From the HSLDA E-lert Service:


2/10/2006 10:41:32 AM
Home School Legal Defense Association
South Dakota--Proposal Turns Homeschoolers into Public School Students

From the HSLDA E-lert Service...

February 10, 2006

Dear HSLDA members and friends,

Calls are needed immediately to defeat House Bill 1160. This bill
hurts taxpayers and turns homeschoolers into public school students.

The bill initially had significant support. However, some South
Dakota Representatives are beginning to realize this bill would be an
expensive fiscal burden for taxpayers.

H.B. 1160 is the funding portion of a two-bill plan. The full plan
creates a program in which students receive most of their public
instruction on-line while they are at home, but the local public
school is in full control. The goal of the legislation is to create a
public-school-at-home program.

Parent-directed home education cost taxpayers nothing, which helps
keep taxes lower for everyone. This bill, however, would force
taxpayers to pay for every homeschool student who joins the public
school-at-home program.

The plan would create a program that resembles homeschooling, but the
public school would be in control of the child's education, parental
rights would be marginalized, and the homeschool student would become
a public school student.

Action Requested:

Please call you state representative immediately. Your message can be
as simple as: "Please vote no on H.B. 1160. It's an example of
government overspending. It forces the taxpayer to overpay for an
inexpensive home-based education."

To find contact information for your representative, use our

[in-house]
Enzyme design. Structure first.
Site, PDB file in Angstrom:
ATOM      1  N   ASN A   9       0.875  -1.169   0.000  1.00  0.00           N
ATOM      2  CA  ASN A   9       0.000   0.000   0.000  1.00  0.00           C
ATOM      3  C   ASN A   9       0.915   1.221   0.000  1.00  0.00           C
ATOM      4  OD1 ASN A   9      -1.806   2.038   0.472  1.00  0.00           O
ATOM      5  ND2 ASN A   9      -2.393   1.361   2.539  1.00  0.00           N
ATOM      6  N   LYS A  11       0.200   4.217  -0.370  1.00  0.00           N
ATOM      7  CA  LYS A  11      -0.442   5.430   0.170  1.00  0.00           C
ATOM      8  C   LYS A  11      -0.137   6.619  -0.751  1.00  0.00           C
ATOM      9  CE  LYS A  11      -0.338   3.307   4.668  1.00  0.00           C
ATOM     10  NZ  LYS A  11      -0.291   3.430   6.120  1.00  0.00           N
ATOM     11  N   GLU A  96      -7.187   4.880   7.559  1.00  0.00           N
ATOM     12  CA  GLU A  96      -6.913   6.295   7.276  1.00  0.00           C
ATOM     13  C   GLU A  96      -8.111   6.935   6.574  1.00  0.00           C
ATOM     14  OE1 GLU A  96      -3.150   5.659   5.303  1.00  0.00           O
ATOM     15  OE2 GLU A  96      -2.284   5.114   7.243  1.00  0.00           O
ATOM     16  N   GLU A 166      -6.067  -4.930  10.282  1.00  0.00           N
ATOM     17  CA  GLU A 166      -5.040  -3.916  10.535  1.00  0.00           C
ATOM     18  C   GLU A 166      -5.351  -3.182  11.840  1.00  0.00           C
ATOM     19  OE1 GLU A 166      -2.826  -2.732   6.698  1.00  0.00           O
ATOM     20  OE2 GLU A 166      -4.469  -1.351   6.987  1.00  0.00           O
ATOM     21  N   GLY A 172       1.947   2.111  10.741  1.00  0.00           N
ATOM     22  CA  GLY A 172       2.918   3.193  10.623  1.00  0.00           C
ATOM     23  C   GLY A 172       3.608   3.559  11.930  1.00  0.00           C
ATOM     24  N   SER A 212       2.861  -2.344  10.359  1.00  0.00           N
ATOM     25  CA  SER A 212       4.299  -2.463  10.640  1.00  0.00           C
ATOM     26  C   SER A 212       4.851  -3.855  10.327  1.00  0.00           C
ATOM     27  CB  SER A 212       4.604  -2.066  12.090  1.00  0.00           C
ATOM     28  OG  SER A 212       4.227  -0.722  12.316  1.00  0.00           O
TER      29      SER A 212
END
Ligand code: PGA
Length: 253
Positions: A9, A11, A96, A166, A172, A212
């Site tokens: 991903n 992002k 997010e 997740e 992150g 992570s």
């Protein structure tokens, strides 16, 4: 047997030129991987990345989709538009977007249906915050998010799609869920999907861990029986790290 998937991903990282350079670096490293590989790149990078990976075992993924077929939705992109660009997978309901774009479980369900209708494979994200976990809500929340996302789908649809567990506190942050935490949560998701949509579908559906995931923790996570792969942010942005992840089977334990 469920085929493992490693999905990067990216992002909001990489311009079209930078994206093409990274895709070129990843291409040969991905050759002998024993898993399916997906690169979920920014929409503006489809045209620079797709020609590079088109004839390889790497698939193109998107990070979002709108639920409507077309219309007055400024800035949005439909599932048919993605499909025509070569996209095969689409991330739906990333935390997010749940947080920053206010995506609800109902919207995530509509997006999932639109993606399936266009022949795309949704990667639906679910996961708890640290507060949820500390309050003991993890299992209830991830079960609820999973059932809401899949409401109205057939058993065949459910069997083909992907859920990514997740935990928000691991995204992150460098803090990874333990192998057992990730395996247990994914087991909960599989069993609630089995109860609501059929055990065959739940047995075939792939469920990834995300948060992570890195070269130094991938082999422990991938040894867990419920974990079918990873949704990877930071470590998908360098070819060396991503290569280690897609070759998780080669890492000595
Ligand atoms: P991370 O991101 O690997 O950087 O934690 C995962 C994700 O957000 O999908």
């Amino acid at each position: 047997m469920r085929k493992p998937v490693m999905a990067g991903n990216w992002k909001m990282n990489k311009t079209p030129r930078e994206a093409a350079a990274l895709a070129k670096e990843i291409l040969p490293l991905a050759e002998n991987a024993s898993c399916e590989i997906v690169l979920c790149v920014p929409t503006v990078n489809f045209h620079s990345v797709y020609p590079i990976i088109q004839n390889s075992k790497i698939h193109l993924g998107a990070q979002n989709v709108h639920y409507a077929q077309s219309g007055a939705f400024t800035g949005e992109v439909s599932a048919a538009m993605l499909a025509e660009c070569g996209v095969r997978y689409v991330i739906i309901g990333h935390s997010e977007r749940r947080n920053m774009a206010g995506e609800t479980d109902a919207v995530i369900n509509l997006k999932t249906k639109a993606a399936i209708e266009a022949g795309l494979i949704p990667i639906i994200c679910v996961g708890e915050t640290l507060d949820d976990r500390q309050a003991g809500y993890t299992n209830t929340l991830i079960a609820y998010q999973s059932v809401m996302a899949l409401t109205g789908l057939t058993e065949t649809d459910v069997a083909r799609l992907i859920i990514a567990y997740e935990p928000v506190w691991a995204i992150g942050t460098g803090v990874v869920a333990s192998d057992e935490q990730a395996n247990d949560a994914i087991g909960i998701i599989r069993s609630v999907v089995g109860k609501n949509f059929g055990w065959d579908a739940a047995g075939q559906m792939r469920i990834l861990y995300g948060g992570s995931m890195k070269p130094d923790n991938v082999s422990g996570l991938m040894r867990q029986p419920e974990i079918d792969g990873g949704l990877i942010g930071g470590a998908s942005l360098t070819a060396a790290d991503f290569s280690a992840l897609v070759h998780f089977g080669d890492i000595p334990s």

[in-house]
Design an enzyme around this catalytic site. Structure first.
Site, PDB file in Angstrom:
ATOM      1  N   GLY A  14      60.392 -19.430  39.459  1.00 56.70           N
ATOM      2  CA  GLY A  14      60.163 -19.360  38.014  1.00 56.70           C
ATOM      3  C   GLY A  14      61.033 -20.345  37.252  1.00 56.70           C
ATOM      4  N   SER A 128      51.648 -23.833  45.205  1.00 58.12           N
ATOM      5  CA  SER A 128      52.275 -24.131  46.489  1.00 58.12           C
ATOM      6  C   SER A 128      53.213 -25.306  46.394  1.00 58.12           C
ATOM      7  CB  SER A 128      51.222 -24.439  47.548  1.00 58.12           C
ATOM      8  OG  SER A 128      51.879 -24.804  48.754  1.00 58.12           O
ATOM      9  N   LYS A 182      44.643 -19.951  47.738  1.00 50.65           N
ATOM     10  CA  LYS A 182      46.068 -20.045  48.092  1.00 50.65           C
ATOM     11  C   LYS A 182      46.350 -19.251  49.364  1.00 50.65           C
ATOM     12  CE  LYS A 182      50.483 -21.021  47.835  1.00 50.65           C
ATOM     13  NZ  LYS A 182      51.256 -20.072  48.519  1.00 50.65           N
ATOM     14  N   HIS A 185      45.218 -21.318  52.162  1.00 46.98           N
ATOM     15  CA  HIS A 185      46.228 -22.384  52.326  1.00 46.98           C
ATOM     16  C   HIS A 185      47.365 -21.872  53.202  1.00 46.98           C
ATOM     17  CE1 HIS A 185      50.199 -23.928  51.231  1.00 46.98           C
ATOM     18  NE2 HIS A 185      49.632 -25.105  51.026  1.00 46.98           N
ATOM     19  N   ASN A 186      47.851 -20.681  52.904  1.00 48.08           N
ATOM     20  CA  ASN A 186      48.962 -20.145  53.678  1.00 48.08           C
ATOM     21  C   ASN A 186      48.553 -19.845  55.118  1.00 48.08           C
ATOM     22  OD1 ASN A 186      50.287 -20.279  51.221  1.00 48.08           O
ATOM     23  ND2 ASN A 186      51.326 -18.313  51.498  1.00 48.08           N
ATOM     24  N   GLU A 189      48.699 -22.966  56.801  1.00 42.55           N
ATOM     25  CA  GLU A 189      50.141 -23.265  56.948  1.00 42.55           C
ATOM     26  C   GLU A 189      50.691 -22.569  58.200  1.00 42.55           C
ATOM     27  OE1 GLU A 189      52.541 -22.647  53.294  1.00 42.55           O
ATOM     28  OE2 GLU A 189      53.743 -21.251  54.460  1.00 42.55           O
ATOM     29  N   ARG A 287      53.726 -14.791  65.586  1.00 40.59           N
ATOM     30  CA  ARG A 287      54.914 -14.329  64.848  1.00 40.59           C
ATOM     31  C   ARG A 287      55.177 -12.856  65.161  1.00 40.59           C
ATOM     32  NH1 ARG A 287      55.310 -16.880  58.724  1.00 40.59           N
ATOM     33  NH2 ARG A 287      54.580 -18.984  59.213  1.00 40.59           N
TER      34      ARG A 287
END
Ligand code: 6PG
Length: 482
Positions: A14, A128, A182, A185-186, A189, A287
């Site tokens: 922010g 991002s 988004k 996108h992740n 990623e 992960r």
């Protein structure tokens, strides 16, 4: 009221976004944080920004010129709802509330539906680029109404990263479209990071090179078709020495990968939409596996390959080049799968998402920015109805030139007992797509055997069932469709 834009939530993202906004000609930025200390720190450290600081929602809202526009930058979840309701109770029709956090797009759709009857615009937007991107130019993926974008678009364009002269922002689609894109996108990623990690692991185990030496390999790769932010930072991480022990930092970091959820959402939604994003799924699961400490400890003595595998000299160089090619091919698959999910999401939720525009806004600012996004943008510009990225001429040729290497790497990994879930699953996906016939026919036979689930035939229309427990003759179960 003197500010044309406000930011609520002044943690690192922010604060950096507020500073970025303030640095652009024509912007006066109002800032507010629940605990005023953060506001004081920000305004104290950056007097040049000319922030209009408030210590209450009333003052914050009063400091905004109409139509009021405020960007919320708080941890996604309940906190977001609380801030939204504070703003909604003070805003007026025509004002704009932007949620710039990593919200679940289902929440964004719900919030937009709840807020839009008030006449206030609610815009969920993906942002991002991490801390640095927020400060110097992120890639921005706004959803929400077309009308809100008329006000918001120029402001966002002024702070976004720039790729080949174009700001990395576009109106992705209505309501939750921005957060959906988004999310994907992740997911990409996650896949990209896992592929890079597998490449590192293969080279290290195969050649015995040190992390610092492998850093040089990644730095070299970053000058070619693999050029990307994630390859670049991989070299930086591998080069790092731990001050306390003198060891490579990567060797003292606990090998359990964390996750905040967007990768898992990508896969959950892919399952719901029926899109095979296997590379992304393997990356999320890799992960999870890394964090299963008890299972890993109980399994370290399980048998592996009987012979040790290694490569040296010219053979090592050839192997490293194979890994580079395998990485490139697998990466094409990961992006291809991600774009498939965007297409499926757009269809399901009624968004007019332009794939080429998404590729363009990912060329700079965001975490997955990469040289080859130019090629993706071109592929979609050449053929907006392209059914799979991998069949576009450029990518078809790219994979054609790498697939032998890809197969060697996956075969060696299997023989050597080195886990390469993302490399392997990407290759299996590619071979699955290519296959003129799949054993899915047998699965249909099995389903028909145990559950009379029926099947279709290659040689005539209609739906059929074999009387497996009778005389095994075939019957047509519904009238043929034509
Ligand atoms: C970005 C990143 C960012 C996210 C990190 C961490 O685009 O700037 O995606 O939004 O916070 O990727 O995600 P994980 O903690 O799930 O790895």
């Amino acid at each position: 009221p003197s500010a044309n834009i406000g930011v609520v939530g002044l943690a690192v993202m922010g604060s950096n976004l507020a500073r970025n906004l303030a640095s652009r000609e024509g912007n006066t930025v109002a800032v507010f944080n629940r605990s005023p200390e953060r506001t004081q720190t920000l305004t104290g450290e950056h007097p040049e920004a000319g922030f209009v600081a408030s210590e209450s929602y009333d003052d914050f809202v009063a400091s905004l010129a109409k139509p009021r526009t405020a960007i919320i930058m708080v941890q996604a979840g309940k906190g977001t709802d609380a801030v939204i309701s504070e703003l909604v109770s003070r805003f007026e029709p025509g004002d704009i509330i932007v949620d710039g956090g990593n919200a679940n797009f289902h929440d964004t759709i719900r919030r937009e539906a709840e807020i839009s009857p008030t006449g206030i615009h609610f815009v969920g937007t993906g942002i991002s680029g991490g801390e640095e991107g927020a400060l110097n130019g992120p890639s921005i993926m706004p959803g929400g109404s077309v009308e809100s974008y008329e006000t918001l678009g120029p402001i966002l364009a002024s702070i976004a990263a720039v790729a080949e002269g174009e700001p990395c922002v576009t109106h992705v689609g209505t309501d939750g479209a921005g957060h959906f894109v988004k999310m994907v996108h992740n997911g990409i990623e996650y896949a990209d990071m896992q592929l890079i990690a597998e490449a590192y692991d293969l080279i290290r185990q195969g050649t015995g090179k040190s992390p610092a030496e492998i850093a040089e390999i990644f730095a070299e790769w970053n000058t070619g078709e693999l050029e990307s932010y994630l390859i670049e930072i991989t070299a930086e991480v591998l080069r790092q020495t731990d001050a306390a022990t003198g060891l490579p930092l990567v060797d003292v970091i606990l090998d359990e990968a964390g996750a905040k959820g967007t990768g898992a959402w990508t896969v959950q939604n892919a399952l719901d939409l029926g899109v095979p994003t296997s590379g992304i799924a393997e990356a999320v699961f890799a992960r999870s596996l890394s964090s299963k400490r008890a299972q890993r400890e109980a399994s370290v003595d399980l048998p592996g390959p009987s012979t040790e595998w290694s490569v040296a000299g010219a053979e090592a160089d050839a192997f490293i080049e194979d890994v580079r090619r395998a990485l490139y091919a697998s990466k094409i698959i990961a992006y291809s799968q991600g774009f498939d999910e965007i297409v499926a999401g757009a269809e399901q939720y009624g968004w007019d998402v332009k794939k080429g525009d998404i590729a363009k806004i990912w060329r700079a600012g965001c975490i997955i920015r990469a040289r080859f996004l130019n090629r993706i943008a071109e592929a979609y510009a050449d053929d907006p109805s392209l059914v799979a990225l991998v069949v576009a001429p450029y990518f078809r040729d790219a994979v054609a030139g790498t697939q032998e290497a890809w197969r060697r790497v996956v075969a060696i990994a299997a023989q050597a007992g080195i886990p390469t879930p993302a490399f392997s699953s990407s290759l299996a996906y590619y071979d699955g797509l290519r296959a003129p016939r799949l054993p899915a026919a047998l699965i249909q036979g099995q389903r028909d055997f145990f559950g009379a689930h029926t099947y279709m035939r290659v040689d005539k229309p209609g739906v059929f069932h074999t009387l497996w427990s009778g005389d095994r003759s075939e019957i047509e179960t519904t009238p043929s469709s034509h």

legislative toolbox at .


1. The other bill that is part of the package to create this plan is
H.B. 1236. We have already explained why this bill should be opposed.
If someone tells you H.B. 1160 has nothing to do with virtual schools,
explain to them that this bill will fund the virtual schools created
under H.B. 1236. H.B. 1160 has a superficial appearance of
reasonableness because it calls for funding in proportion to the
number of classes a student signs up for. However, the
proportionality is based on the full per-pupil cost of a student at a
brick-and-mortar school, not the far lower cost of educating a student
whose "school" is in the home.

2. HSLDA recently surveyed six full-service on-line high school
programs which included books, computer programs, a full course load,
test grading and transcript service, and full access to teachers. The
average cost was about $2,000. H.B. 1160 would fund the plan at more
than twice that level.

3. In other states where public-school-at-home programs have been
created, the schools have heavily or exclusively recruited among
homeschool families to fill their program. Therefore, private
homeschooling, which was previously free to the taxpayer, becomes
expensive taxpayer funded public school in the home.

4. In Alaska, parent-directed home education has nearly ceased to
exist because of public-school-at-home programs. In fact,
approximately 80% of homeschoolers are now government homeschoolers.
The main homeschool conventions are government run and the largest
homeschool newsletter is government produced. Of course, the speakers
and newsletter are not allowed to mention God or Christianity.

5. Public-school-at-home programs initially lure homeschool families
by the promise of certain "freebies" such as free curriculum and
laptop computers. Also, your children will no longer be considered
private homeschool students, but rather public school students. This
means you waive certain parental rights and agree to homeschool
according to the public school's rules. In other states with similar
"virtual" charter school programs, HSLDA has observed that more and
more regulations are gradually placed on the homeschooler each year.

Please read the articles on virtual charter schools on our web site .

Thank you for standing with us for freedom.


Scott A. Woodruff
HSLDA Staff Attorney

-> What's the shortest distance between two homeschoolers?

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